Resource-constrained project scheduling. Notation, classification and some
of the recent developments.
Report 99.3.LT.5154, Transport Technology, Logistic Engineering.
Scheduling is the allocation of resources over time to perfonn a
collection of tasks. It is a decision-making process that has as a goal
the optimization of one or more objectives subject to precedence
constraints and resource constraints. Also, it is a collection of
principles, models, techniques, and logical conclusions that provide
insight into the scheduling function.
The vital elements in scheduling models are resources and tasks. The
resources and tasks may take many forms. The tasks may be called
"jobs" or "projects" or "assignments" and
are composed of elementary parts called "activities" or
"operations" and "delays". Each activity requires
certain amounts of specified resources for a specified time called the
"process time". The resources are in limited supply and also
have elementary parts, called "machines", "cells",
"transport", and so on. The objectjes may also take many forms.
One possible objective is the minimization of the completion time of the
last task, and another is the minimization of the number of tasks
completed after the committed due dates. In general, scheduling is the
process of organizing, choosing, and timing resource usage to carry out
all the activities necessary to produce the desired outputs at the desired
times, while satisfying a large number of time and relationship
constraints among the activities and the resources.
Scheduling decisions are generally subject to both precedence constraints
and resource constraints. The resource-constrained project scheduling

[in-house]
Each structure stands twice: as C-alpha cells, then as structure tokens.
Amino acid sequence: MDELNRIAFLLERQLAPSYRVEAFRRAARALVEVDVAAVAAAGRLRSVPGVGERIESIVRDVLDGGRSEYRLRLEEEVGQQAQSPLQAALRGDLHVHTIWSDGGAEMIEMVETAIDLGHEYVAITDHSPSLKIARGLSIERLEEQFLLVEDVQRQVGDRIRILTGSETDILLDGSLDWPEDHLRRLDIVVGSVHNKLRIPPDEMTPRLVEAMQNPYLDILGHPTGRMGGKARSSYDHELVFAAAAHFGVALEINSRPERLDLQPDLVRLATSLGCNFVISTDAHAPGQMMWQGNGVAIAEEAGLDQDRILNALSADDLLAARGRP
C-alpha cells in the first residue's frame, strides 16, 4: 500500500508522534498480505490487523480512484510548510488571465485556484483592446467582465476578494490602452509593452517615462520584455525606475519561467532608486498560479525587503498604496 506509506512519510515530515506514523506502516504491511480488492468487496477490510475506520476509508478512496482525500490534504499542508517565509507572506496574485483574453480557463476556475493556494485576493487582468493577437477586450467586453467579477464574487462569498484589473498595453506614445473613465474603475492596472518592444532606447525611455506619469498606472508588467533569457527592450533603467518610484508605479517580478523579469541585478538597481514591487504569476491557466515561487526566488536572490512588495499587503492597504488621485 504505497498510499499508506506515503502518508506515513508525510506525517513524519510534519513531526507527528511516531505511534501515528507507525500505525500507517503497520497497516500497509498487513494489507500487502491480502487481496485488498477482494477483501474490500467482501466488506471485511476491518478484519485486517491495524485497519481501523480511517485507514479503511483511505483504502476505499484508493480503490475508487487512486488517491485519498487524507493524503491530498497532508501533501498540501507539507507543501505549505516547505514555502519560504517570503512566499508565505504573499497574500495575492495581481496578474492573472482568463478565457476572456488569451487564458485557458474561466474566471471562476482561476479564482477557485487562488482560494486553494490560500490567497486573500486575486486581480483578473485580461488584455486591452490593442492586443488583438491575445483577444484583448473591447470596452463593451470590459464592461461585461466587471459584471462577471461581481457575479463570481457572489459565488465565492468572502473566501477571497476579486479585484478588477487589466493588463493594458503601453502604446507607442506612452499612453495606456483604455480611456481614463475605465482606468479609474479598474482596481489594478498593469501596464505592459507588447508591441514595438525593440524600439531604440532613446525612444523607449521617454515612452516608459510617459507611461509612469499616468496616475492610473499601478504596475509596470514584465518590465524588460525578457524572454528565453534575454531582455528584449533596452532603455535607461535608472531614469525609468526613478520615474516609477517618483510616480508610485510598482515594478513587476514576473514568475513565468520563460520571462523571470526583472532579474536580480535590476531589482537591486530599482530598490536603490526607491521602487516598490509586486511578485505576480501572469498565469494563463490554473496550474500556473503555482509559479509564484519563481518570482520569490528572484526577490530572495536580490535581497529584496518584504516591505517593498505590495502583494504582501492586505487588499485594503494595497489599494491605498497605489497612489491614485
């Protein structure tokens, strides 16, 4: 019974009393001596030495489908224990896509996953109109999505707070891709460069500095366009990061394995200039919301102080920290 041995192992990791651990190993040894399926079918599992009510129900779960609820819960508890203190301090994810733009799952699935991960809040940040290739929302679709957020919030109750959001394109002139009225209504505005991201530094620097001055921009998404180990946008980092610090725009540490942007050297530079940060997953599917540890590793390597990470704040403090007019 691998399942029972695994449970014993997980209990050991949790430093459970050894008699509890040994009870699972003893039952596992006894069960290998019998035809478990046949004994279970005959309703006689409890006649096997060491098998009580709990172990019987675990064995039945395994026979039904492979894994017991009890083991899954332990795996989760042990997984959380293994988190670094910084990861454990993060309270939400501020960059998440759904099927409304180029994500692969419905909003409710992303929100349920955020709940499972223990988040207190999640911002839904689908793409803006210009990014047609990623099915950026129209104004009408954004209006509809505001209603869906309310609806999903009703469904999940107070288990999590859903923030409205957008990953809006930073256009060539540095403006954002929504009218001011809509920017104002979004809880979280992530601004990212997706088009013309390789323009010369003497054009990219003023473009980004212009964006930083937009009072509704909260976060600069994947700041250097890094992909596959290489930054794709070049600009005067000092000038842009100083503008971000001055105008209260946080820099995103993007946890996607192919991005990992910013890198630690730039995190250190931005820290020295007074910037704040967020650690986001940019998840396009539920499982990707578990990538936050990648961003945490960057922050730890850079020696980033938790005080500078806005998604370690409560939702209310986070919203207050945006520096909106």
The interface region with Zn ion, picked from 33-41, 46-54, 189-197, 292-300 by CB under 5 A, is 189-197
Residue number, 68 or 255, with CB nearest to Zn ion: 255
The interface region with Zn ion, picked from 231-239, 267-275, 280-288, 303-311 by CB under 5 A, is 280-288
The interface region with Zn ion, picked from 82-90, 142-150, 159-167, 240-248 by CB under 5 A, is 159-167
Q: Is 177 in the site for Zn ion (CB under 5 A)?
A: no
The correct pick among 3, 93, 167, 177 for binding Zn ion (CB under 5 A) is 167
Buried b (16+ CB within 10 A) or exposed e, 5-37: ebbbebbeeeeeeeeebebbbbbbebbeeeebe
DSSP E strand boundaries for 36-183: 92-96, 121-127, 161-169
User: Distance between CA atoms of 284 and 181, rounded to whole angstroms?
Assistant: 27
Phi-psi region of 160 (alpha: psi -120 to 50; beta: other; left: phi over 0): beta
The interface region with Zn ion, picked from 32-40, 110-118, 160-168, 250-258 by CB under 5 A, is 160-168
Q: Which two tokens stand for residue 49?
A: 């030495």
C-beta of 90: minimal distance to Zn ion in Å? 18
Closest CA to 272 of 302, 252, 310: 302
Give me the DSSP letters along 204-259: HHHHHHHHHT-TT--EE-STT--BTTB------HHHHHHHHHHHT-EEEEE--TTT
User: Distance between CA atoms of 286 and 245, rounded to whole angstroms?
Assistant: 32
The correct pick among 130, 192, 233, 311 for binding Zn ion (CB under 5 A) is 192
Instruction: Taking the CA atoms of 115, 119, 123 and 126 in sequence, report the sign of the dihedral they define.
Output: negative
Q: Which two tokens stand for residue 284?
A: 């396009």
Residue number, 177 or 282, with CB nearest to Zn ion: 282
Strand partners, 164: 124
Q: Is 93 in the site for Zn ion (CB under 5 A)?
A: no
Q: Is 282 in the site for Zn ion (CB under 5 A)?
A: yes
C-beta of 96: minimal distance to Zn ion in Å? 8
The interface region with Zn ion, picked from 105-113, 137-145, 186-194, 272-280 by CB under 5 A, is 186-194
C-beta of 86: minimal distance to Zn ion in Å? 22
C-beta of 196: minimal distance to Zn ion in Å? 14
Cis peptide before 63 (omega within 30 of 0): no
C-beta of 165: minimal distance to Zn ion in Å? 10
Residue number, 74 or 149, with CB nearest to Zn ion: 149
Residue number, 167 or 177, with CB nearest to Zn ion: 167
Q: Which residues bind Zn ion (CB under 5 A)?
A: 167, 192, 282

(RCPS) model contains both types of constraints that characterize
scheduling decisions. The relation of this topic to other scheduling
problems can therefore be interpreted in two ways. First, the
resource-constrained project scheduling problem can be formulated by
adding explicit resource requirements and resource capacities to the basic
network model of CPM (Critical Path Method) and PERT (Program Evaluation
and Review Technique). CPM and PERT have been regarded as tools for
planning and scheduling large, nonrepetitive projects. Alternatively, the
problem can also be formulated by allowing general precedence structures
in the job shop problem and replacing machines by machine groups, for
parallelism. Thus, the resource-constrained project scheduling problem
contains the job shop scheduling problem as a special case. So far, no
classification scheme exists which is compatible with what is commonly
accepted in machine scheduling. Also, a variety of symbols are used by
project scheduling researchers in order to denote one and the same subject.
One purpose of this report is to provide a classification scheme, i.e. a
description of the resource envirornnent (the machine environment in the
job shop model), the activity characteristics (task characteristics in the
job shop model), and the objective function (optimality criterion or
performance measure in the job shop model), which is compatible with
machine scheduling and which allows to classify the most important models
dealt with so far. The second purpose of this report is to review some of
the recent developments.
Reports on Logistic Engineering (in Dutch)
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